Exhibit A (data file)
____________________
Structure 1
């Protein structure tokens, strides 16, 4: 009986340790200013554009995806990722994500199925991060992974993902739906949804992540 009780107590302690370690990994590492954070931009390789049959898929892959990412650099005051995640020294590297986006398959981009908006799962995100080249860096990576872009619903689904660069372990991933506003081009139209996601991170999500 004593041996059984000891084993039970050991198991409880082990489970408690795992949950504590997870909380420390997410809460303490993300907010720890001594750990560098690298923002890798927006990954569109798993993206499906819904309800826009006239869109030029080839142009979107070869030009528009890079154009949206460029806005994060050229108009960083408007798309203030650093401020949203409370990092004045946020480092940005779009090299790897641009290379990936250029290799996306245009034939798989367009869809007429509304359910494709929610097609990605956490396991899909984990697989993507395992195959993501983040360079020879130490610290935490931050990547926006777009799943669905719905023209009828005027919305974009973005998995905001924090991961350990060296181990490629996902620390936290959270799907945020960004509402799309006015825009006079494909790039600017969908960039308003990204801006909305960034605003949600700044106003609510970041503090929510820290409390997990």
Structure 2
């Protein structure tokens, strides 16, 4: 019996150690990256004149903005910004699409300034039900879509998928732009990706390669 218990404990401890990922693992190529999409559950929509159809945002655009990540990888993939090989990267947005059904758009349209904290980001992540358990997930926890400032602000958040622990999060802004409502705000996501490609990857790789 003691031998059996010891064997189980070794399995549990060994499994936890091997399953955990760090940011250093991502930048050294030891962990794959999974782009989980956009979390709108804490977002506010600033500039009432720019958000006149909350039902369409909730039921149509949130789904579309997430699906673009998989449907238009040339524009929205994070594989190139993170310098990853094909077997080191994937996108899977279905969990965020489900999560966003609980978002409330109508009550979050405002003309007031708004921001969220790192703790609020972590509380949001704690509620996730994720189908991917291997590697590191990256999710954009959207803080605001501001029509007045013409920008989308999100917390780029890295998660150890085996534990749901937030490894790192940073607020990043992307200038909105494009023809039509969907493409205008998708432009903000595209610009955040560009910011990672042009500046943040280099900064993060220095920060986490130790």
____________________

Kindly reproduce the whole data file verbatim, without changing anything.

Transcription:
Structure 1
């Protein structure tokens, strides 16, 4: 009986340790200013554009995806990722994500199925991060992974993902739906949804992540 009780107590302690370690990994590492954070931009390789049959898929892959990412650099005051995640020294590297986006398959981009908006799962995100080249860096990576872009619903689904660069372990991933506003081009139209996601991170999500 004593041996059984000891084993039970050991198991409880082990489970408690795992949950504590997870909380420390997410809460303490993300907010720890001594750990560098690298923002890798927006990954569109798993993206499906819904309800826009006239869109030029080839142009979107070869030009528009890079154009949206460029806005994060050229108009960083408007798309203030650093401020949203409370990092004045946020480092940005779009090299790897641009290379990936250029290799996306245009034939798989367009869809007429509304359910494709929610097609990605956490396991899909984990697989993507395992195959993501983040360079020879130490610290935490931050990547926006777009799943669905719905023209009828005027919305974009973005998995905001924090991961350990060296181990490629996902620390936290959270799907945020960004509402799309006015825009006079494909790039600017969908960039308003990204801006909305960034605003949600700044106003609510970041503090929510820290409390997990």
Structure 2
């Protein structure tokens, strides 16, 4: 019996150690990256004149903005910004699409300034039900879509998928732009990706390669 218990404990401890990922693992190529999409559950929509159809945002655009990540990888993939090989990267947005059904758009349209904290980001992540358990997930926890400032602000958040622990999060802004409502705000996501490609990857790789 003691031998059996010891064997189980070794399995549990060994499994936890091997399953955990760090940011250093991502930048050294030891962990794959999974782009989980956009979390709108804490977002506010600033500039009432720019958000006149909350039902369409909730039921149509949130789904579309997430699906673009998989449907238009040339524009929205994070594989190139993170310098990853094909077997080191994937996108899977279905969990965020489900999560966003609980978002409330109508009550979050405002003309007031708004921001969220790192703790609020972590509380949001704690509620996730994720189908991917291997590697590191990256999710954009959207803080605001501001029509007045013409920008989308999100917390780029890295998660150890085996534990749901937030490894790192940073607020990043992307200038909105494009023809039509969907493409205008998708432009903000595209610009955040560009910011990672042009500046943040280099900064993060220095920060986490130790």